Access the ‘Do More Great Work’ tool to identify where you spend most of your time and introspect on how you can shift your mindset. Exercise: Click here to use our editable template to help you determine how your work is divided. To edit, download the PDF.

During the session, we learned that participants generally categorize their work distribution as 10–25% bad work, 20–80% good work, and 0–25% great work.

To improve on inefficiencies, Michael simply states “do more great work!” Finding the balance between good and great work is essential, as not all work can be great, but he encourages leaders to think about how to increase great work by 10% at an individual, team, unit, and company level to determine what kind of difference this will result in within the workplace.

So, how do you do more great work? Michael recommends coaching more people through ‘speed’ coaching, which can be completed in 10 minutes! Here are five questions to ask your team and how to use them to guide you in doing more great work.

  1. What’s on your mind?
  2. What’s the real challenge here for you?
  3. AWE?
  4. What do you want?
  5. What was the most useful?

What’s on your mind?

This initial question is where you ask how do you do more great work? Is it how you scale? Is it how to increase stakeholder engagement?

What’s the real challenge here for you?

Here, you swing the spotlight from the problem to the person solving the problem. This allows them to become a part of the ecosystem. Both learning and growing will take place by figuring out how to solve the problem.

AWE? (And what else?)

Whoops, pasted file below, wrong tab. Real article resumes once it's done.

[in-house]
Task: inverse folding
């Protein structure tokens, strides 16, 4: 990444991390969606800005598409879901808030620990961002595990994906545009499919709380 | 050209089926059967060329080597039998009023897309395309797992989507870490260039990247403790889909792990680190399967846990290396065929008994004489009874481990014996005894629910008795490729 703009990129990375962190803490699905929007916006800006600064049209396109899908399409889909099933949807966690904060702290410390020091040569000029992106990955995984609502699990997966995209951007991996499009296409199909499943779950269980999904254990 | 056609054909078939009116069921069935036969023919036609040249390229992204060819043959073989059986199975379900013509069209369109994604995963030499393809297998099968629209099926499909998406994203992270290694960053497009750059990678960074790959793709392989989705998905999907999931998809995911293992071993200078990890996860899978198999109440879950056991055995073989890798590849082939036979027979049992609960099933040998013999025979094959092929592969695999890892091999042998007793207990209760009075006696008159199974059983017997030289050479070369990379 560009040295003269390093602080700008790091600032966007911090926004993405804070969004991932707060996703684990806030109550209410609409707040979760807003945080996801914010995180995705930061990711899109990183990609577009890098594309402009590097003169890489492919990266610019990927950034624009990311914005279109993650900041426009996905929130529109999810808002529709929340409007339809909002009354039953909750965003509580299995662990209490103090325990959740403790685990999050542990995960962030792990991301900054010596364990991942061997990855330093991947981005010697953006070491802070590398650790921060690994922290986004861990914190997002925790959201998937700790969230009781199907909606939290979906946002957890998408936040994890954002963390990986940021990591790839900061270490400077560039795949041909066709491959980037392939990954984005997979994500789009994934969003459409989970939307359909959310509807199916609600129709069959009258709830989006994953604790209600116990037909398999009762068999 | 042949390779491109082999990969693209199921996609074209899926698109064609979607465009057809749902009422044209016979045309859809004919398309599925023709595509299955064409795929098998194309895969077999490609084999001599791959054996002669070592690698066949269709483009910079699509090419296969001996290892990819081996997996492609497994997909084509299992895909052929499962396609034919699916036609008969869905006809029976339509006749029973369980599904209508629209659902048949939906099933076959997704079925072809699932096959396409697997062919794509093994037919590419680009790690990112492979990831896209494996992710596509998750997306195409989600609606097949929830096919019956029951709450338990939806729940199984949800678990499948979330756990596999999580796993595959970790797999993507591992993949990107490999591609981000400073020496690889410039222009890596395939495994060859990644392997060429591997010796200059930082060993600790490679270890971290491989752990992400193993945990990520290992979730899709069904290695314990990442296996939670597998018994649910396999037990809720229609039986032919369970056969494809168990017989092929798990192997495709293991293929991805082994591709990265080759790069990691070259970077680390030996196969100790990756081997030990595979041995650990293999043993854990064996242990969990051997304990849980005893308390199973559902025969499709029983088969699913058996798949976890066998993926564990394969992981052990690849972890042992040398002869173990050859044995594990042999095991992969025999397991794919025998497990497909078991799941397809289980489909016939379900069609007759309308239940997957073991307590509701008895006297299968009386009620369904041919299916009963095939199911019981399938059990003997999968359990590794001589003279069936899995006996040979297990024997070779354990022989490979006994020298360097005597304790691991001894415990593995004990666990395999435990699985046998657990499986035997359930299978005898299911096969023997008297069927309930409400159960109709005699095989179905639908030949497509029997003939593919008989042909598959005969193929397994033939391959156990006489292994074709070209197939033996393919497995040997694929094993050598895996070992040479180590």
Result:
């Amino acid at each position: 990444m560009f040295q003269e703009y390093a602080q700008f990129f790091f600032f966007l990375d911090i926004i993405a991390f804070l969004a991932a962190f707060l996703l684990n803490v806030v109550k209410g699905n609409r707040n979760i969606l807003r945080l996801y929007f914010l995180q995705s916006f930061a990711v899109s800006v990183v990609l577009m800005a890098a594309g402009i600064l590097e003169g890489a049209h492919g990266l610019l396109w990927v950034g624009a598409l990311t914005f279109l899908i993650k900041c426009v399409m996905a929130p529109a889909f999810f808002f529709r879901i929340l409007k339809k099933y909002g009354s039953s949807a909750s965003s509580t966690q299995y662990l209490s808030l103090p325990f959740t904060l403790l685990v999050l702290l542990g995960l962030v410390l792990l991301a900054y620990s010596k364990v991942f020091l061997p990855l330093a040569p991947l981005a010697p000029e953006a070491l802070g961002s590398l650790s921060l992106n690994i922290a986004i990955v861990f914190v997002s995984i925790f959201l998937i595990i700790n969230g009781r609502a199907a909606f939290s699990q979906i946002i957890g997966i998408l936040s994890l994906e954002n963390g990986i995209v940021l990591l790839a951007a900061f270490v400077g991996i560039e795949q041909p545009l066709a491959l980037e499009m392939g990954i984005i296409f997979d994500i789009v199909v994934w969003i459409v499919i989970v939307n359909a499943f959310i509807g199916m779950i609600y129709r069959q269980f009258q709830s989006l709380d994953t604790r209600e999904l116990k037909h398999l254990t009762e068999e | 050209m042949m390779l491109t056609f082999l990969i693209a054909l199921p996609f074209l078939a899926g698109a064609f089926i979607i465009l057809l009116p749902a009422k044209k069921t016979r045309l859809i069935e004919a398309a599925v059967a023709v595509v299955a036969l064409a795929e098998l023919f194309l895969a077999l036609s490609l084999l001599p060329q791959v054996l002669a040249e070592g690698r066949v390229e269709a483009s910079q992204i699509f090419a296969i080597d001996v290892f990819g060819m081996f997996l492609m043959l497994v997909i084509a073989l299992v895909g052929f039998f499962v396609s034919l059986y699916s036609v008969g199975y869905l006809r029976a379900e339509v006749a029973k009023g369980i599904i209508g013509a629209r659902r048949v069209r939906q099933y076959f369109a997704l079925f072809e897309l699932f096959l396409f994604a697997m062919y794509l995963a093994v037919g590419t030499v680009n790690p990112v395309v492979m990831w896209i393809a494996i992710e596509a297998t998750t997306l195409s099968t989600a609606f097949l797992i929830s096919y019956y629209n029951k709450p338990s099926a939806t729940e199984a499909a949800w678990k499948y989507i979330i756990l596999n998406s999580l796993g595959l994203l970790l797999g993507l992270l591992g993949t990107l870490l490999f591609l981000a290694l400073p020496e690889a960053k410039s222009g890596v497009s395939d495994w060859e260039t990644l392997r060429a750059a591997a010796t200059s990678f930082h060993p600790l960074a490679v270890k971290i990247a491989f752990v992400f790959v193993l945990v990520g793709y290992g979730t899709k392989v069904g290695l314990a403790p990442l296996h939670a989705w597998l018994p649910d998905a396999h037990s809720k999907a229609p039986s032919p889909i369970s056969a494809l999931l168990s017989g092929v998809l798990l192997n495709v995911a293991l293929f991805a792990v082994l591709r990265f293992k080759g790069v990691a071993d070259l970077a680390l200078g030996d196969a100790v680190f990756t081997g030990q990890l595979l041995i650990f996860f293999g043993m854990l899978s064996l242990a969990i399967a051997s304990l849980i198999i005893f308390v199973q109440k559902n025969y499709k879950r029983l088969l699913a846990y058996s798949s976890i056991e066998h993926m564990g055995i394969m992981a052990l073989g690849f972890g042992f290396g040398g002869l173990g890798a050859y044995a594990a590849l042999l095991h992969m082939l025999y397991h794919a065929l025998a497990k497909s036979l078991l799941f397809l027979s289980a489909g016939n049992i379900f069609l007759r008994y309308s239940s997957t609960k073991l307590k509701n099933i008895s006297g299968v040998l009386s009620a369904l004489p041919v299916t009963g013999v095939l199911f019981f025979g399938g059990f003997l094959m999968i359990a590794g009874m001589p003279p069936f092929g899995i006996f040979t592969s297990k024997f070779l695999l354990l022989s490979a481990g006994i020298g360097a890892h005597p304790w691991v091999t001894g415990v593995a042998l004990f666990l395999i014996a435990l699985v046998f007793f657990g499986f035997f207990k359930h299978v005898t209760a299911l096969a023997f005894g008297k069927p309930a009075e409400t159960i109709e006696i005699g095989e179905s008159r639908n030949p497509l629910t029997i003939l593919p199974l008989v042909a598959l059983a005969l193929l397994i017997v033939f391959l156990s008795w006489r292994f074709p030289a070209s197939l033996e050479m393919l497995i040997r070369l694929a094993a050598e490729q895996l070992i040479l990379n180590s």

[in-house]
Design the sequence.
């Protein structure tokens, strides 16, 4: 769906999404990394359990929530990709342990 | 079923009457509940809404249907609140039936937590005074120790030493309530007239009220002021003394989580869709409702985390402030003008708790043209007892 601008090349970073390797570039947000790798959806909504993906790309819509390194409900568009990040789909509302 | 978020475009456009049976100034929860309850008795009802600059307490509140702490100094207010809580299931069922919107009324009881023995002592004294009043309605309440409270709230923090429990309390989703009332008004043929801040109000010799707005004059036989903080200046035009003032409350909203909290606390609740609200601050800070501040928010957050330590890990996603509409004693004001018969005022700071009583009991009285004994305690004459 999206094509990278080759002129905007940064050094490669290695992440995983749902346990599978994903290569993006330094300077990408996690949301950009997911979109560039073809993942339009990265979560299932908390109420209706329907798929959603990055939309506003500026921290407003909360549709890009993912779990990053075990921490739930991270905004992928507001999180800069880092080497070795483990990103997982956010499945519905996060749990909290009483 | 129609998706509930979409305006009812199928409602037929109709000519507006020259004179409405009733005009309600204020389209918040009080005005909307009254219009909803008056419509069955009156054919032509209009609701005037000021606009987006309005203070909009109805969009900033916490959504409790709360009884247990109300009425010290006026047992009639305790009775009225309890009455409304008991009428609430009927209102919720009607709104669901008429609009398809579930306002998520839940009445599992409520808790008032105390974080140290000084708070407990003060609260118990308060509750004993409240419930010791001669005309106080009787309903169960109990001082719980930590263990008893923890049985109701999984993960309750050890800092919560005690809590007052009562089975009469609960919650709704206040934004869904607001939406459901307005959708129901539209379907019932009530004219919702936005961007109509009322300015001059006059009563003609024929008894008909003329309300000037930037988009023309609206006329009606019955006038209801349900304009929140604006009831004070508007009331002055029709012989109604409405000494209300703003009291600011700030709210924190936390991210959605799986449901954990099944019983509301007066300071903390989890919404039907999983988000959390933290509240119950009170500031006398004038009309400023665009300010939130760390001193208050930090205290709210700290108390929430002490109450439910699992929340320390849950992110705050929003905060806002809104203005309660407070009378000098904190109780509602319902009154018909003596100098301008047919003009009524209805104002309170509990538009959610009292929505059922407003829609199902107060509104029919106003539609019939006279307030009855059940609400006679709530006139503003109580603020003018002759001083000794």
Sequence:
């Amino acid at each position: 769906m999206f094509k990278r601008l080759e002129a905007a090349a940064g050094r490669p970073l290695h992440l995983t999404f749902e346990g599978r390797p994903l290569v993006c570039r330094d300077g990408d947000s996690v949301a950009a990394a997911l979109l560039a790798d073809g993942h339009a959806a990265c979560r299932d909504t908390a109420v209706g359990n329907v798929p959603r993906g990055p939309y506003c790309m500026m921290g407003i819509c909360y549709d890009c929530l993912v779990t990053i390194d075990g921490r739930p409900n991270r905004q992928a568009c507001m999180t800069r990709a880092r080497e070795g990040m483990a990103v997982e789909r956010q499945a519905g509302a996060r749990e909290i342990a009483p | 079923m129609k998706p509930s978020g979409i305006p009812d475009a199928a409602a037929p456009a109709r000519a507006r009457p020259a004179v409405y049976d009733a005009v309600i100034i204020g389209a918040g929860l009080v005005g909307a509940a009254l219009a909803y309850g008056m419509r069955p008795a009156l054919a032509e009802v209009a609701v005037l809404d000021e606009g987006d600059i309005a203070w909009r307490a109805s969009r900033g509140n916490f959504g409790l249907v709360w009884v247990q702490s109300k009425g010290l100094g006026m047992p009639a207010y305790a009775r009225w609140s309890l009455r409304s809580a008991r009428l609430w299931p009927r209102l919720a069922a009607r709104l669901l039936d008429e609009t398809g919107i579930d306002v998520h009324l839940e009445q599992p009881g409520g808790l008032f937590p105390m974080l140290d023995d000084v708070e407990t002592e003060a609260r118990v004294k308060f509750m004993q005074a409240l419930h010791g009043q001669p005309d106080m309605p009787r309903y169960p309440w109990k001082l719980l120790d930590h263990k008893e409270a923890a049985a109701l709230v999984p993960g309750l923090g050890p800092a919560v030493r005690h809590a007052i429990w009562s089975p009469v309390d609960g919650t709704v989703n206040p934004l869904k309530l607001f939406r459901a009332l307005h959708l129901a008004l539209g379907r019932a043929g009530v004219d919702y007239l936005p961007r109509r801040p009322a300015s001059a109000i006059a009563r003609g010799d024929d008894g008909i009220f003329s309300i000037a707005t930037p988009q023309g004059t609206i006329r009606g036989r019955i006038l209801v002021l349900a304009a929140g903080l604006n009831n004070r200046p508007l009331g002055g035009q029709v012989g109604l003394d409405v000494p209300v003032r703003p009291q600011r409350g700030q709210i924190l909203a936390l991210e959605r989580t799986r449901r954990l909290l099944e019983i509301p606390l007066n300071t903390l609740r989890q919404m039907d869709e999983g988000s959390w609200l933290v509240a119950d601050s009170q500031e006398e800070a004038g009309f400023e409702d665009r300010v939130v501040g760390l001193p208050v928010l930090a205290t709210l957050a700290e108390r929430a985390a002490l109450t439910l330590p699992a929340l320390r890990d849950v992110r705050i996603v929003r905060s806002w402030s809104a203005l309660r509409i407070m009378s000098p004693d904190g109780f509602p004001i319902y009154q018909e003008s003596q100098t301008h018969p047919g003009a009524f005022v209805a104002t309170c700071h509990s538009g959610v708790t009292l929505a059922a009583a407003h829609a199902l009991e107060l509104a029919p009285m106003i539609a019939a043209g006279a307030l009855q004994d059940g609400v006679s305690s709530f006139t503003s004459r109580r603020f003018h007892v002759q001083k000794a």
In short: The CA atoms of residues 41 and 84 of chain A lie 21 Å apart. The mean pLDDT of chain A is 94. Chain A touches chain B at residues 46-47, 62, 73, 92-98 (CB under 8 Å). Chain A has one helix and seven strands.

The first answer to what’s on your mind is never the only answer, nor the best answer. By asking what else, you are able to determine other areas of need, as well as dig deeper and get into what really matters.

It’s encouraged to go through questions 1,2, and 3 multiple times to get to the root of the actual problem they need to solve, utilizing somewhat of a funnel down approach.

What do you want?

This is the generator of time and commitment. Determine what the real challenge is, what outcome they’re after, and the result they’re looking for.

What was most useful?

After doing the exercise, how did their mindset shift? Coming up with a strategic action isn’t always the only answer. The ability to come up with questions to orient members of your team towards what really matters is the changing factor that will lead you to become a better coach.

The Final Takeaway

This 5 Question Leader allows you to thoughtfully and visually see how the mindset of those who report to you has shifted. We can all agree that Michael did in fact achieve unweird coaching, and has subsequently left us with a tool that we look forward to seeing our cohorts use throughout the rest of the program!

Tool to Use:

Access this one-page takeaway to use as a resource for your coaching sessions!

About the Speaker

Michael Bungay Stanier helps people be a force for change. He’s best known for his book The Coaching Habit which has sold close to a million copies and has thousands of 5-star reviews online. His latest book The Advice Trap focuses on what it takes to tame your Advice Monster. He founded Box of Crayons, a learning, and development company that helps organizations move from advice-driven to curiosity-led. They’ve trained hundreds of thousands of managers to be more coach-like and their clients range from Microsoft to Gucci.

Michael is a compelling speaker and facilitator, combining practicality, humour, and an unprecedented degree of engagement with the audience. He’s spoken on stages and screens around the world in front of crowds ranging from ten to ten thousand. His TEDx talk has been watched by hundreds of thousands of people.

About the Growth & Resiliency Speaker Series

The Growth & Resiliency Speaker Series is brought to you by the Growth Catalyst program in collaboration with Alberta Innovates, the province’s innovation engine. The Speaker Series is supported in part by the Government of Canada, as part of the Regional Relief and Recovery Fund.

To learn more, watch previous keynotes, or to preview what’s coming next, visit us on:

About the Growth Catalyst Program

Led by Mount Royal University’s Institute for Innovation and Entrepreneurship, the Growth Catalyst is an intensive program designed to spark the creation and set the foundation for executing a growth strategy by CEOs and their senior leadership teams.

To learn more about the program and apply, visit us at: